NewslettersSign inAPP
spainSPAINargentinaARGENTINAchileCHILEcolombiaCOLOMBIAusaUSAmexicoMEXICOperuPERUlatin usaLATIN USAamericaAMERICA


SpaceX & NASA launch Cargo Dragon: When does it arrive at the International Space Station?

SpaceX crosses another milestone with the 100th successful launch of its Falcon 9 rocket carrying a more spacious Dragon cargo capsule to resupply the ISS.

View of International Space Station courtesy of NASA

SpaceX successfully launched another resupply mission to the International Space Station on a redesigned version of its Dragon cargo capsule with more capacity and autonomy. This marks the company’s 21st Commercial Resupply Services mission (CRS-21) for NASA to the ISS and will be the first time two Dragon capsules are docked simultaneously on the space station.

This latest launch comes on the heels of another in mid-November when SpaceX sent four astronauts to the ISS aboard the “Resilience” which is still docked with the station. The company has now sent two manned craft into space including its trial run in May. The CRS-21 will dock with the Harmony module Monday afternoon a little over 24 hours after it launched.

SpaceX and NASA

The US lost its capacity to take astronauts to the ISS in 2011 when NASA retired its fleet of shuttles to focus resources on sending astronauts beyond low-Earth orbit. The US astronauts had had to hitch rides on Russian rockets to get to the space station until this past spring when two were carried aboard a Dragon capsule. NASA has been experimenting with a contract model where the space agency can buy seats aboard private company rockets to stimulate a commercial space marketplace.

Conceived in 2001 by Elon Musk, SpaceX has become the first privately-held enterprise to carry astronauts to the International Space Station. Born of the idea to make mankind a multiplanetary species, Musk has plans to land humans on Mars by 2026. The company is developing the Starship a new line of completely reusable space transportation system that will eventually replace its current Falcon rockets and Dragon capsules which are partially reusable.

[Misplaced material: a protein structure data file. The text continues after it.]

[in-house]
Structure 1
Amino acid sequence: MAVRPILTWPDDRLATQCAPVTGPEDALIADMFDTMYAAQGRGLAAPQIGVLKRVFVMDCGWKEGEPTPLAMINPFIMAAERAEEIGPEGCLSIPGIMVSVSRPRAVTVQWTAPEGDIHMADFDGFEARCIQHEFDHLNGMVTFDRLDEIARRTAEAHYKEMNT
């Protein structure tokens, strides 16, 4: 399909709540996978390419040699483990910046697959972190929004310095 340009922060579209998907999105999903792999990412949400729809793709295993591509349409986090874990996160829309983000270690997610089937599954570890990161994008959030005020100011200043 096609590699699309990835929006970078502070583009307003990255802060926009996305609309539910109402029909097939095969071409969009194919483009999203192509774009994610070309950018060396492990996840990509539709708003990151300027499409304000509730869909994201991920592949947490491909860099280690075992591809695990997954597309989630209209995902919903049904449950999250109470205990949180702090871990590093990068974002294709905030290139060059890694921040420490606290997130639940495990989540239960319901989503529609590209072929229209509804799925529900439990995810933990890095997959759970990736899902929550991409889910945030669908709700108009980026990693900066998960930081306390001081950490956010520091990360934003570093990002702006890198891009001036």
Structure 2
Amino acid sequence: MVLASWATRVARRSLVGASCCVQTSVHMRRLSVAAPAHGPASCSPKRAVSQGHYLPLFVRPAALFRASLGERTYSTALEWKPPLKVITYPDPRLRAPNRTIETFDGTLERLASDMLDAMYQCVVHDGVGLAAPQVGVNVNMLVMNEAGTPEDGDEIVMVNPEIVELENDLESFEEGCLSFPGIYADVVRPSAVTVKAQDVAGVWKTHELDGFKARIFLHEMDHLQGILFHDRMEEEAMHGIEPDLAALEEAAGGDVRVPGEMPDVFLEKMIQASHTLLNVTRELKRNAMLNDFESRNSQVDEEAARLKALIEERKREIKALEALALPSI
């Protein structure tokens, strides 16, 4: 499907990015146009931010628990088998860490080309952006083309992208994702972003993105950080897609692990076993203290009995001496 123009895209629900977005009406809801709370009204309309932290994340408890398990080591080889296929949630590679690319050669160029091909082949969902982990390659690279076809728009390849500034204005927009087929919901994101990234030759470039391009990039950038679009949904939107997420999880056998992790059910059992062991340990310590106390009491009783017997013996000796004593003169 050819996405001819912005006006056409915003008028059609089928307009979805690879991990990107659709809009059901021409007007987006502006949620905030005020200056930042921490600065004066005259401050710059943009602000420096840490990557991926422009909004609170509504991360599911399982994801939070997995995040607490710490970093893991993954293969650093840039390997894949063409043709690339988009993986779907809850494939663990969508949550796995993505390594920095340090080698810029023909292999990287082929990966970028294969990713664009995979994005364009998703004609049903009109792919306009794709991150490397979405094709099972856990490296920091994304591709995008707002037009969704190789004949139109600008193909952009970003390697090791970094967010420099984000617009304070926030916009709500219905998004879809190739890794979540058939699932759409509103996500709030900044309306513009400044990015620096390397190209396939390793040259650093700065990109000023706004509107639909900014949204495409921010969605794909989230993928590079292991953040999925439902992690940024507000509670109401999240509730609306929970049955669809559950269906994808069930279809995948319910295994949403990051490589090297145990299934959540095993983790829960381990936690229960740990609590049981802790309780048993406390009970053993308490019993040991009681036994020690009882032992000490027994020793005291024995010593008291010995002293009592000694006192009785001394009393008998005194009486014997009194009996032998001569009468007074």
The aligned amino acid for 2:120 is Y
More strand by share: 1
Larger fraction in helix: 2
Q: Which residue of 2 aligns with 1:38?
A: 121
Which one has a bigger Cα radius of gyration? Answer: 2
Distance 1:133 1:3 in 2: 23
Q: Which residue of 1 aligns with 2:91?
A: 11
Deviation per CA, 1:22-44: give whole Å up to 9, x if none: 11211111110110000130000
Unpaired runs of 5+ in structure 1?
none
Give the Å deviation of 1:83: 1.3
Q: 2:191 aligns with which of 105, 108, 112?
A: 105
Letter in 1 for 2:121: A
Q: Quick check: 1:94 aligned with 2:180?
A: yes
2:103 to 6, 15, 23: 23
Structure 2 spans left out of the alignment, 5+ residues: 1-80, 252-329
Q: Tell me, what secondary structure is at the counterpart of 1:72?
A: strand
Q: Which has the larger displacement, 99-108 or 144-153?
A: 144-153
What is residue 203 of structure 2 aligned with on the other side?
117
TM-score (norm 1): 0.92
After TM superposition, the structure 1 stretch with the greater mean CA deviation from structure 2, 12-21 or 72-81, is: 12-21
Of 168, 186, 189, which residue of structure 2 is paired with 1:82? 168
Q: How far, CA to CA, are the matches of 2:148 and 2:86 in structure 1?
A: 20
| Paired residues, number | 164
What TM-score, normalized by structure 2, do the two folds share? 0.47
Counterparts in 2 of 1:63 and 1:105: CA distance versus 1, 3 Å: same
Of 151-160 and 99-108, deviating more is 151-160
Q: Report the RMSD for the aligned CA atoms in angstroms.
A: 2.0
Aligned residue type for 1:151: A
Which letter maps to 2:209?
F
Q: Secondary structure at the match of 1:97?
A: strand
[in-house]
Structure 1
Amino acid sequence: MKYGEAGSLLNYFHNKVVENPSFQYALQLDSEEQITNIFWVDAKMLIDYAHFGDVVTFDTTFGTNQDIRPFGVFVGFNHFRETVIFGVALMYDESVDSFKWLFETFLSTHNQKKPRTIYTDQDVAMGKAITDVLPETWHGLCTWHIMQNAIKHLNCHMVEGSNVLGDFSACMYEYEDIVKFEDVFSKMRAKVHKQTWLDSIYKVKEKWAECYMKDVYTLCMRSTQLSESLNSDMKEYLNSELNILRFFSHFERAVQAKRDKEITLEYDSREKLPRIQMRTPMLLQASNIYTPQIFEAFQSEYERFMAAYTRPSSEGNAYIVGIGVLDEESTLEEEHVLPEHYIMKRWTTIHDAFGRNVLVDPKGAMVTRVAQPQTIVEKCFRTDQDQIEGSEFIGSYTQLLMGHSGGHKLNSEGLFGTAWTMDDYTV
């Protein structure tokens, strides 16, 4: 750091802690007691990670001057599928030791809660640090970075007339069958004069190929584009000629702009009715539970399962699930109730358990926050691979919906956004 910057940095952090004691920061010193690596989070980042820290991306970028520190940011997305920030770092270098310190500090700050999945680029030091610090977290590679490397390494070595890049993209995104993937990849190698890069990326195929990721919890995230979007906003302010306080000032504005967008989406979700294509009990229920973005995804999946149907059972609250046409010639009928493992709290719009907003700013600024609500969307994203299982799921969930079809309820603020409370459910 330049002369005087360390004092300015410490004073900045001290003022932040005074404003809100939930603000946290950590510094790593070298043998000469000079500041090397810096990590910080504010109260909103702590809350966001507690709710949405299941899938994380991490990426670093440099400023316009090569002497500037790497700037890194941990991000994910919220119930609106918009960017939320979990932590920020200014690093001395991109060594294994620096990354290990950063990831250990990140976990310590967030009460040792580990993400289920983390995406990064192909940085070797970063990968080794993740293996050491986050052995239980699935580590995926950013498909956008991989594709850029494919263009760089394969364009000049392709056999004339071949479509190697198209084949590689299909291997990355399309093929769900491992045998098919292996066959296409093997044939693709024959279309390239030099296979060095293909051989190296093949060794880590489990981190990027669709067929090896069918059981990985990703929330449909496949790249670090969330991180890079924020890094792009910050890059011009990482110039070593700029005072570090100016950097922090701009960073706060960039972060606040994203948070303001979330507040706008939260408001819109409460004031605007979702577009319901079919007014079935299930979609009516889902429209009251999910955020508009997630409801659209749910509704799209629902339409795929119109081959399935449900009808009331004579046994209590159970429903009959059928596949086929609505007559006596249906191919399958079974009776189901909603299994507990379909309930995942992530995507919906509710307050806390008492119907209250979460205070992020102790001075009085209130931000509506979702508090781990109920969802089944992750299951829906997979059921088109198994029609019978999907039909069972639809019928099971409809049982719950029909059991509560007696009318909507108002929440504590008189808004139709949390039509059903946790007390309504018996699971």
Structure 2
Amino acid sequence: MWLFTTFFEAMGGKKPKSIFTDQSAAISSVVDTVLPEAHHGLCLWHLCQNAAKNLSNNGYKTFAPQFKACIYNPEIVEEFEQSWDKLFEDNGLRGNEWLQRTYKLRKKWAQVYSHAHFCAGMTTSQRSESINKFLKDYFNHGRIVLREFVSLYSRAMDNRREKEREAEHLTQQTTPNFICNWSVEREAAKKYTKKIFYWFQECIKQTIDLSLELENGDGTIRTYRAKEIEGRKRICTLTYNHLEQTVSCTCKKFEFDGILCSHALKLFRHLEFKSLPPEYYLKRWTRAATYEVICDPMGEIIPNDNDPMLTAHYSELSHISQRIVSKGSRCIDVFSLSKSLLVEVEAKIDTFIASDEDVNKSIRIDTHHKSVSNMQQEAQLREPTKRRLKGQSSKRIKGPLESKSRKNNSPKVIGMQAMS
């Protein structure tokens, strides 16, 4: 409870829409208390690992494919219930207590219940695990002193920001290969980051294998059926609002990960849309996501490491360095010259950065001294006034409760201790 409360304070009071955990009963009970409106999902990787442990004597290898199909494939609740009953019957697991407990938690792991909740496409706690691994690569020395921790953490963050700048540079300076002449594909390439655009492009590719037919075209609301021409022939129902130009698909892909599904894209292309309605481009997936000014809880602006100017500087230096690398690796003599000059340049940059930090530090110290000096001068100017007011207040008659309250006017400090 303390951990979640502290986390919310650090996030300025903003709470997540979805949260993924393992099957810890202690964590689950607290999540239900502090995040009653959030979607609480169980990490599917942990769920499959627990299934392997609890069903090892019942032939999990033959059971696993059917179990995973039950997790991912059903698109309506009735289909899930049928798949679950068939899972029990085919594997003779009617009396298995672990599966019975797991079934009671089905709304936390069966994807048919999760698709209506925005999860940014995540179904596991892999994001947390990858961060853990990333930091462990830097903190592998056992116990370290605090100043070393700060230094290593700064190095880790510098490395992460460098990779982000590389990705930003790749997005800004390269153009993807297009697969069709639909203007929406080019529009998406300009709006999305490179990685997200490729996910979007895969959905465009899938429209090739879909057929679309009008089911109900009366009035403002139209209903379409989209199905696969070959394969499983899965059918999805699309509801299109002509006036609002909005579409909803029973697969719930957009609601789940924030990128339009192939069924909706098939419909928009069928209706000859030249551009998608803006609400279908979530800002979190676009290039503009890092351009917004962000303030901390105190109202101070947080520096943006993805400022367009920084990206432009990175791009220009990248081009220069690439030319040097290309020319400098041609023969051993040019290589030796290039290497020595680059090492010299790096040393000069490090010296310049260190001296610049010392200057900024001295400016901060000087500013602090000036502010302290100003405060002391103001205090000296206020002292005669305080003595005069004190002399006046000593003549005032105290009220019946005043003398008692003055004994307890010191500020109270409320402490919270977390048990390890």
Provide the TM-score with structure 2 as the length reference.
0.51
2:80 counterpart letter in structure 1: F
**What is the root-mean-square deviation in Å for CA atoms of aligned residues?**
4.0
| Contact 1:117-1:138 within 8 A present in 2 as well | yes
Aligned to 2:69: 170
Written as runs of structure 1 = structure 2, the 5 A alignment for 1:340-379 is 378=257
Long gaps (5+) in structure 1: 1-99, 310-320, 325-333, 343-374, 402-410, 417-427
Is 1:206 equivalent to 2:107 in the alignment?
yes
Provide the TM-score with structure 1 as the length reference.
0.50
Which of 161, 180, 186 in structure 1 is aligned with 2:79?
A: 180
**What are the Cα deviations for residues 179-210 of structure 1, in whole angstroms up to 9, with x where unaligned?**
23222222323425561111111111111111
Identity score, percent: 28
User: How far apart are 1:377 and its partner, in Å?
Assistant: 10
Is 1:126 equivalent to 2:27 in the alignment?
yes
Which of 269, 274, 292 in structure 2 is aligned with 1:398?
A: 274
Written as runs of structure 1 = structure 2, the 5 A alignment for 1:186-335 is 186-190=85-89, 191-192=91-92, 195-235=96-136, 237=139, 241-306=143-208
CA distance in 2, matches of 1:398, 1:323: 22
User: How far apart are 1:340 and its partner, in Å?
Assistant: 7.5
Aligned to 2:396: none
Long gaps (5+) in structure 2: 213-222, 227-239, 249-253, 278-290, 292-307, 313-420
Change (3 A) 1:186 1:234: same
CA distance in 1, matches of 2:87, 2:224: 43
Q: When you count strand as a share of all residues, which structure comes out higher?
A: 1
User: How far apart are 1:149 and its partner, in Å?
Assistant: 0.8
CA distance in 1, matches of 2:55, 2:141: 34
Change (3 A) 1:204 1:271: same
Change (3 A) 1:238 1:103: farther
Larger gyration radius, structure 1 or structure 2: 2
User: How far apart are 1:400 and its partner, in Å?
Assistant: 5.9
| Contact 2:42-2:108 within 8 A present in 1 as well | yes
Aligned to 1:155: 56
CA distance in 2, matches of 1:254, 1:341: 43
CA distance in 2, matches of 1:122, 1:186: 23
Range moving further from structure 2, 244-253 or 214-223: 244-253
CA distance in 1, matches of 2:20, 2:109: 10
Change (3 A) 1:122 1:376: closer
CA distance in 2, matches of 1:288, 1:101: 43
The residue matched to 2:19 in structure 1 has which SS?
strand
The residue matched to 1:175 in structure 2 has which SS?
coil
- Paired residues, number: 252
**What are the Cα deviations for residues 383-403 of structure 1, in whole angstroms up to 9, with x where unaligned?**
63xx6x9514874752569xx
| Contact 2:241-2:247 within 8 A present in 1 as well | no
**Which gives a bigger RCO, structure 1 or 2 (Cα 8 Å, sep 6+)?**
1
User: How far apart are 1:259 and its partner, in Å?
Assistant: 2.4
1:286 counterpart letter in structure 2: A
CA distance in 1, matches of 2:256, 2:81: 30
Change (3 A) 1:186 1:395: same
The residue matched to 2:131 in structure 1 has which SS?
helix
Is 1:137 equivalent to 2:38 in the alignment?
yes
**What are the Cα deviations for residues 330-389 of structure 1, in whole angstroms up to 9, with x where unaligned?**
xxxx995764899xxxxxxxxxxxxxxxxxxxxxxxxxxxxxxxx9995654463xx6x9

The newest version of the Dragon capsule

The new Dragon cargo capsule is a modified version of the delivery vehicle SpaceX used to send astronauts to the ISS in the last two manned missions. The company removed the emergency engines it had placed on the manned version to get the astronauts out of harm's way in the event a mission needed to be aborted.

The cargo capsule also has more capacity able to carry 20 percent more equipment or 6,400 pounds of equipment and supplies. Furthermore it has twice the number of powered lockers for climate-controlled transportation of experimental material. The new system can be used up to five times compared to three for the previous model.

When the CRS-21 payload arrives at the space station the capsule will automatically dock on a new docking adaptor specifically designed for the procedure. This will be a first for a SpaceX cargo resupply mission.

What is onboard the CRS-21

As part of the payload the CRS-21 is carrying the Nanoracks Bishop Airlock, the first commercially owned and operated airlock. Once installed, will provide a variety of capabilities to the space station, such as payload hosting, robotics testing, and satellite deployment. It also will serve as an outside toolbox for crew members conducting spacewalks.

Additionally, the craft will bring a range of research gear that will support a variety of experiments in the life sciences, regenerative medicine and many other fields. And with the holidays at hand there will be some “Christmasy foods” for the astronauts onboard.

The capsule will be docked with the ISS for about a month before it returns with 5,200 pounds of research and return cargo, splashing down in the Atlantic Ocean.


To be able to comment you must be registered and logged in. Forgot password?